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TableTop Reviews with Zap!

Jeff Robicheau reviews different tabletop games, some less known then others. Consider these reviews to be an ideal way to learn some interesting little tidbits of information into some new game ideas to play with your group of DnD buddies or BESM pals. You never know, you may like some of these little known gems!

Mouse Guard

Today we explore the world of Mouse Guard; a world of hardship and danger, where even the elements can be more dangerous than a hoard of monsters. In this game instead of humans or fantasy races the world is populated by intelligent mice and their enemies, the weasels. Mouse Guard, with its unique setting and its emphasis on role-playing is a step apart from the usual hack and slash, and to the right group, it can be a refreshing gaming experience.

Mouse Guard, published in 2008, is based off the bi-monthly comic series of the same name by David Petersen. With the help of Luke Crane (the creator of the Burning Wheel game system,) they developed this simple and creative game that combines a simplified version of the Burning Wheel system and the unique setting of the Mouse Guard comics.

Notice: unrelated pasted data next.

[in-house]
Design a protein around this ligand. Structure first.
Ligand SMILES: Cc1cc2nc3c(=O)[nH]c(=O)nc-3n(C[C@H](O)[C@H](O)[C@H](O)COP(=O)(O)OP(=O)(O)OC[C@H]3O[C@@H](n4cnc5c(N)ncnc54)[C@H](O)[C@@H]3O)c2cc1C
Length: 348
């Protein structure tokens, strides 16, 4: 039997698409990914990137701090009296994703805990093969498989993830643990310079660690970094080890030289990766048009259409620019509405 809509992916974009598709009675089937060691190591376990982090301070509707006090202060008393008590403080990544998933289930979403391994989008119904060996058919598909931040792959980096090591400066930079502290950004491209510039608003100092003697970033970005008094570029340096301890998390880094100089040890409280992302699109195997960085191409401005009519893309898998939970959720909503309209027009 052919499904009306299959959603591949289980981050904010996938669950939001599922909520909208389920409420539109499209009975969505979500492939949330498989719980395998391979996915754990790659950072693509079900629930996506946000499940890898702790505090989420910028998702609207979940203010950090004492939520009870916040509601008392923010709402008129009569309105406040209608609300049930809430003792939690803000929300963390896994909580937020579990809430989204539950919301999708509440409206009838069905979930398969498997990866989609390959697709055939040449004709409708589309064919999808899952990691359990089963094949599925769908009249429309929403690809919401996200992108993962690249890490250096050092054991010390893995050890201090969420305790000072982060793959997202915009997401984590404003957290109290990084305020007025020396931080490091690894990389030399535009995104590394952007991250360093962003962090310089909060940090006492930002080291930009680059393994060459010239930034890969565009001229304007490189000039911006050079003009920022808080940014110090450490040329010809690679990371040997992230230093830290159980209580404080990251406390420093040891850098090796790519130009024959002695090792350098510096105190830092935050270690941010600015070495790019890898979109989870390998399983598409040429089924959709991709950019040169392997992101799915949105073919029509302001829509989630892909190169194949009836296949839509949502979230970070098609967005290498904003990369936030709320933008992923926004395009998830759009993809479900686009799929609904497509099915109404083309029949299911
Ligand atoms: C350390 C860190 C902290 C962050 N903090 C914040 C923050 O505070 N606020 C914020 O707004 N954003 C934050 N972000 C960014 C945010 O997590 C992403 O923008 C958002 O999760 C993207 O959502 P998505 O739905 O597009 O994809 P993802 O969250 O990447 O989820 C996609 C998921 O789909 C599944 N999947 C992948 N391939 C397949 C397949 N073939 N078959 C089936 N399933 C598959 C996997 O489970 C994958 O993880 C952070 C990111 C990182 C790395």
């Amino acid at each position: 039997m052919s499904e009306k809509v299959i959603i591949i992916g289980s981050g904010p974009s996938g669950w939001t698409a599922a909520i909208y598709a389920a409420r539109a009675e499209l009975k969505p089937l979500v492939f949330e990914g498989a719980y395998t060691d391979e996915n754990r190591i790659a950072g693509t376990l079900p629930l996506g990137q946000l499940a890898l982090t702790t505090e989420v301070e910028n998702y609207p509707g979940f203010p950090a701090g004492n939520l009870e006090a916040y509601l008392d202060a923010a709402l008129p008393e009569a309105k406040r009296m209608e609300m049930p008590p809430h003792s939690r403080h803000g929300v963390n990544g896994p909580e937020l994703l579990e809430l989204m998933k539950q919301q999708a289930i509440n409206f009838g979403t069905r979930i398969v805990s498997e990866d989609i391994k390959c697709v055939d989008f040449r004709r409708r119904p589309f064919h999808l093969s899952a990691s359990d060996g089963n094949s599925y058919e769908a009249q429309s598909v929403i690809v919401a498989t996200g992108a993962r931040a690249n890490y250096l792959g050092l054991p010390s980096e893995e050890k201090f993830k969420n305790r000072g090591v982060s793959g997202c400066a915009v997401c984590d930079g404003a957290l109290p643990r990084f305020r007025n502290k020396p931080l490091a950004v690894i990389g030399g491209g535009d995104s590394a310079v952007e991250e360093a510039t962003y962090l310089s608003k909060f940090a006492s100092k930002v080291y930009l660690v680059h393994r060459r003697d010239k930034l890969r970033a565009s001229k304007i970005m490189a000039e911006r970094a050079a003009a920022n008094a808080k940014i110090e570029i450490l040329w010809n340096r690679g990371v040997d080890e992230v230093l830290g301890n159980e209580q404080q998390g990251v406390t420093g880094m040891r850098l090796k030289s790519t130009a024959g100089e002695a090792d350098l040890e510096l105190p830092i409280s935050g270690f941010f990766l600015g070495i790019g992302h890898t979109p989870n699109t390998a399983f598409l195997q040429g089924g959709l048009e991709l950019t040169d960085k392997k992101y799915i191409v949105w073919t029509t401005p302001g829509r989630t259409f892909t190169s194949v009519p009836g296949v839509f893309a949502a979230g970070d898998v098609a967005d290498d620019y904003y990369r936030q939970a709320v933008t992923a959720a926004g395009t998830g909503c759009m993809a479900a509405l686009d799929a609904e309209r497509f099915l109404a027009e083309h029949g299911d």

Now, this is where I would blather on for a page and a half about the fluff and the setting, but before I get to that I want to talk about the book itself. I don't normally talk about the book because they’re all pretty much the same in look and lay out. Mouse Guard is something different though. First, it is not the standard size measuring 8.5in x 8.5in, with a full wrap around dust jacket which is unseen on most RPG book. These two things make it stand out on the shelf, but when you open it you know you are looking at something different. The layout starts with the general explanation of the game, role-playing and the basic system mechanics, but from there it diverges unlike most games. For example, the character creation, rather than appearing at the beginning, is the last chapter of the book! The main difference though is the way it is written in an almost conversational tone, as if someone is sitting across the table teaching you the rules. With its beautiful artwork and easy to read layout, this book is a great addition to any gamer’s bookshelf (especially this gamer.)